Just Show Up….You’re A Winner 80 Percent Of the time. Most accounts are won because nobody else is calling on them.
Show up on time… What could be more annoying than a salesperson who can’t deliver the first thing he’s promised to deliver, his or her own body? Mars, Inc., known around the world for its M&M’s, 3 Musketeers, Snickers, and Mars candy bars, is a $6-billion privately held company. This multinational corporation really places a premium on showing up on time. Everybody punches a clock, including the two Mars brothers, and every employee who punches in before 8:30 a.m. receives 10 percent added compensation called “The Punctuality Bonus.” Talk about positive reinforcement–that’s certainly nothing to “Snicker” at! Do it when you say you’ll do it, and you’re a winner 85 percent of the time.
Show up on time with a plan… Okay, you’re here. So what? You have to know your prospect’s strengths and weaknesses and be able to anticipate his or her concerns. Give your prospect a clear understanding of what the product benefits are and the specifics of price/delivery/service. Don’t expect to get by with vague, offhand answers to any objections to your proposition. If there are going to be any problems you know about, don’t try to lie your way around them; let your prospect know upfront. By being truthful and accurate in your answers, you’ll get orders that others, who may actually meet the customer’s needs better than you, won’t get, because they haven’t been clear-cut in their responses. Do it right, and you’re a winner 90 percent of the time.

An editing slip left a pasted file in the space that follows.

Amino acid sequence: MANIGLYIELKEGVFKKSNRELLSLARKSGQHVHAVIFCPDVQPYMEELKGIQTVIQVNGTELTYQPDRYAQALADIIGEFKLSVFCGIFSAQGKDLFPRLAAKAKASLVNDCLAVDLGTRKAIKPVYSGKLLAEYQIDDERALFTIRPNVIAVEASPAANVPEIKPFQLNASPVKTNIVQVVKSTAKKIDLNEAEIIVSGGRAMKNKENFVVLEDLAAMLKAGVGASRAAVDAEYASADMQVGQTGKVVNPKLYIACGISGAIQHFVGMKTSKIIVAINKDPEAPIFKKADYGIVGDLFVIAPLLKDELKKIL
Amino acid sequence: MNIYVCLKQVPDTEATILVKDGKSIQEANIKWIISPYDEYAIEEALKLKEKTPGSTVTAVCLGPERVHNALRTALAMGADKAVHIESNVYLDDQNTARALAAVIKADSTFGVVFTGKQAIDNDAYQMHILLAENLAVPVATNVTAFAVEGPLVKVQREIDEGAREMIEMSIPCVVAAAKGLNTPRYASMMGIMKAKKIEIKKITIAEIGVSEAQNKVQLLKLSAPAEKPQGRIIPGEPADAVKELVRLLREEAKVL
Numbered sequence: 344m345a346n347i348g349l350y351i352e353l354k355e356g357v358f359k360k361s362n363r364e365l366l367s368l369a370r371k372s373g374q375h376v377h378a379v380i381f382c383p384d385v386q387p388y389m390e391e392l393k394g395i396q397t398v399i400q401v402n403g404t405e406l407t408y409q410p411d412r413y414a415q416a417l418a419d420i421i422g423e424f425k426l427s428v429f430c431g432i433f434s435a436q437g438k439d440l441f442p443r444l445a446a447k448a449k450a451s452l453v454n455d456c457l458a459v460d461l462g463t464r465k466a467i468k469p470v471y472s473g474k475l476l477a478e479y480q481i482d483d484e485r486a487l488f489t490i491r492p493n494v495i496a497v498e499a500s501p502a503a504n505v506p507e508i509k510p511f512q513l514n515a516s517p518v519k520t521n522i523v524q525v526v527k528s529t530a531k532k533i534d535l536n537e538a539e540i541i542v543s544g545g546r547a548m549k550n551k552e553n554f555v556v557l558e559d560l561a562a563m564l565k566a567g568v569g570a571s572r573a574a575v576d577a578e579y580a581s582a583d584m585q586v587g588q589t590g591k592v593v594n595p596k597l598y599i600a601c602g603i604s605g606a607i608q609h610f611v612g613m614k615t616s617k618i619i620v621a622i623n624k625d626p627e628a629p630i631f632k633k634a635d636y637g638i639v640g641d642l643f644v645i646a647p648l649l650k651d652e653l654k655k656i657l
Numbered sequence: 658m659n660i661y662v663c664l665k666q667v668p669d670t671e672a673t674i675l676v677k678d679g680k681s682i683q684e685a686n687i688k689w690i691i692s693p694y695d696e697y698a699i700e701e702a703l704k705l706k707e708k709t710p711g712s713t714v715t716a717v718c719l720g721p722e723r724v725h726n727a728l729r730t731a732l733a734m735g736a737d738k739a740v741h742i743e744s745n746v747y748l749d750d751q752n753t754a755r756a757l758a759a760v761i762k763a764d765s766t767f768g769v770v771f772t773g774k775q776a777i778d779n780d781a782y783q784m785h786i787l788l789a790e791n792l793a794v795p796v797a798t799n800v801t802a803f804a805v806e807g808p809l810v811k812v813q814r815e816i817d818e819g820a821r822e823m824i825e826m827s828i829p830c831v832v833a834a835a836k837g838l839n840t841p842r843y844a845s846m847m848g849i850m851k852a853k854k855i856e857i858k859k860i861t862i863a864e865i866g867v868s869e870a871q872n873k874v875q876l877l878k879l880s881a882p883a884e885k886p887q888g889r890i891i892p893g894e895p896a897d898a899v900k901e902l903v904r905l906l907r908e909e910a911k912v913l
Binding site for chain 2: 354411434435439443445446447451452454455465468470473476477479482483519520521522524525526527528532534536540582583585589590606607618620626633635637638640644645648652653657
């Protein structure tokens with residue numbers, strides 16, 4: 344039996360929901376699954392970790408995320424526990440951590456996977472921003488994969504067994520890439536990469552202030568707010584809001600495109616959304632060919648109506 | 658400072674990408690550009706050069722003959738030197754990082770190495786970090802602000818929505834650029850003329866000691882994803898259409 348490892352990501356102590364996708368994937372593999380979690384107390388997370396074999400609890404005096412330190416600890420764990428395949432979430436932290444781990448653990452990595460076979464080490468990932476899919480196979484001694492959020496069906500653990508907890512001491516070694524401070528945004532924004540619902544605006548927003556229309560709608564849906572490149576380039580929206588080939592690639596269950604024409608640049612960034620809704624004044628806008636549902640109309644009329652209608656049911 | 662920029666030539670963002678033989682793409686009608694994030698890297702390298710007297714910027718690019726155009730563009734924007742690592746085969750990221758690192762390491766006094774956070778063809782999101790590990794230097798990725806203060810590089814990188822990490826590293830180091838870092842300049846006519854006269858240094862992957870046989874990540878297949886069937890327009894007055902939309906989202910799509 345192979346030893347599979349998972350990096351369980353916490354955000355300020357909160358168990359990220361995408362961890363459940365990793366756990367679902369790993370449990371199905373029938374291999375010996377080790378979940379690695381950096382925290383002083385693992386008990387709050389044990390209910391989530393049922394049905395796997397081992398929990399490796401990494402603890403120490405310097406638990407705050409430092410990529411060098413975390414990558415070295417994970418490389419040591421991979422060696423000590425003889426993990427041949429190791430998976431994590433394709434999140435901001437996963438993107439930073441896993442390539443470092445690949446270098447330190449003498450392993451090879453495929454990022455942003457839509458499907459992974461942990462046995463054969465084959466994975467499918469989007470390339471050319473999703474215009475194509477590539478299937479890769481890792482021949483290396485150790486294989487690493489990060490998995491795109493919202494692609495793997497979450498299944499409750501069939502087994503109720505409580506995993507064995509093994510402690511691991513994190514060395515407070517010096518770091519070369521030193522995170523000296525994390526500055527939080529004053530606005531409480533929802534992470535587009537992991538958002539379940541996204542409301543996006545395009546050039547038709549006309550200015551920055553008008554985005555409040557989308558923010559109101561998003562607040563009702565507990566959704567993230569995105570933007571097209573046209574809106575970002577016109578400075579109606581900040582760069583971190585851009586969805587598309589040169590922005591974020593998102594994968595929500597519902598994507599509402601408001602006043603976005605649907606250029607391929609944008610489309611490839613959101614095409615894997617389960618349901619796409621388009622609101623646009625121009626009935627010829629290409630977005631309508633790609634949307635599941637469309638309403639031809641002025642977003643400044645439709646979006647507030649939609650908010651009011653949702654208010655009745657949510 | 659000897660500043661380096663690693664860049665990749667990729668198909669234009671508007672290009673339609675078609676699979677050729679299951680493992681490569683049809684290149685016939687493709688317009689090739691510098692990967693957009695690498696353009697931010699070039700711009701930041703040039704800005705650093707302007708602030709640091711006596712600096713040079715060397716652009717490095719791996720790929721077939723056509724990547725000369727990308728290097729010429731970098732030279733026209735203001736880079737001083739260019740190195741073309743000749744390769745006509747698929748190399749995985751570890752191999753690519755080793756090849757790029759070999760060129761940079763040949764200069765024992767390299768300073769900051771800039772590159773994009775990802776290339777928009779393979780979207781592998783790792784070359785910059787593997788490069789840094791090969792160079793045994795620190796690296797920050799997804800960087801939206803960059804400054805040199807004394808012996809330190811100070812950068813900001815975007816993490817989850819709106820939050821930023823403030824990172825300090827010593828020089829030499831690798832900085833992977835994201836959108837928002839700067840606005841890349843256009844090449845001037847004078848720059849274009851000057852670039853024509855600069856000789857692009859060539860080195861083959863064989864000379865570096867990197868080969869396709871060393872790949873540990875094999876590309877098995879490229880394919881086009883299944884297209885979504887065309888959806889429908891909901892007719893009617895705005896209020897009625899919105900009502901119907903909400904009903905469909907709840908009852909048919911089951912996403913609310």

Show up on time with a plan and a commitment to carry it out… If you don’t believe in what you’re selling, how can you expect anyone else to? Lack of commitment shows through like rust on a used car, and will kill a deal even faster. You have to look, act, and feel like you mean it. That’s why motivation is the single common denominator you’ll find in all topflight salespeople and the hardest attitude to maintain. If you have it, you’ll win 95 percent of the time.
Show up on time with a plan, a commitment to carry it out, and then execute it. Nothing is more deadly to a sales relationship, or any relationship, than a broken promise. Whatever you say you’re going to do, you’d better do it, and if you find you can’t do it, then the price/service/delivery concessions better be so generous that the buyer is glad you didn’t. Once you’ve put the other elements together, if you perform, or better yet, if you deliver more than what you promised, you’ll beat the competition 100 percent of the time.
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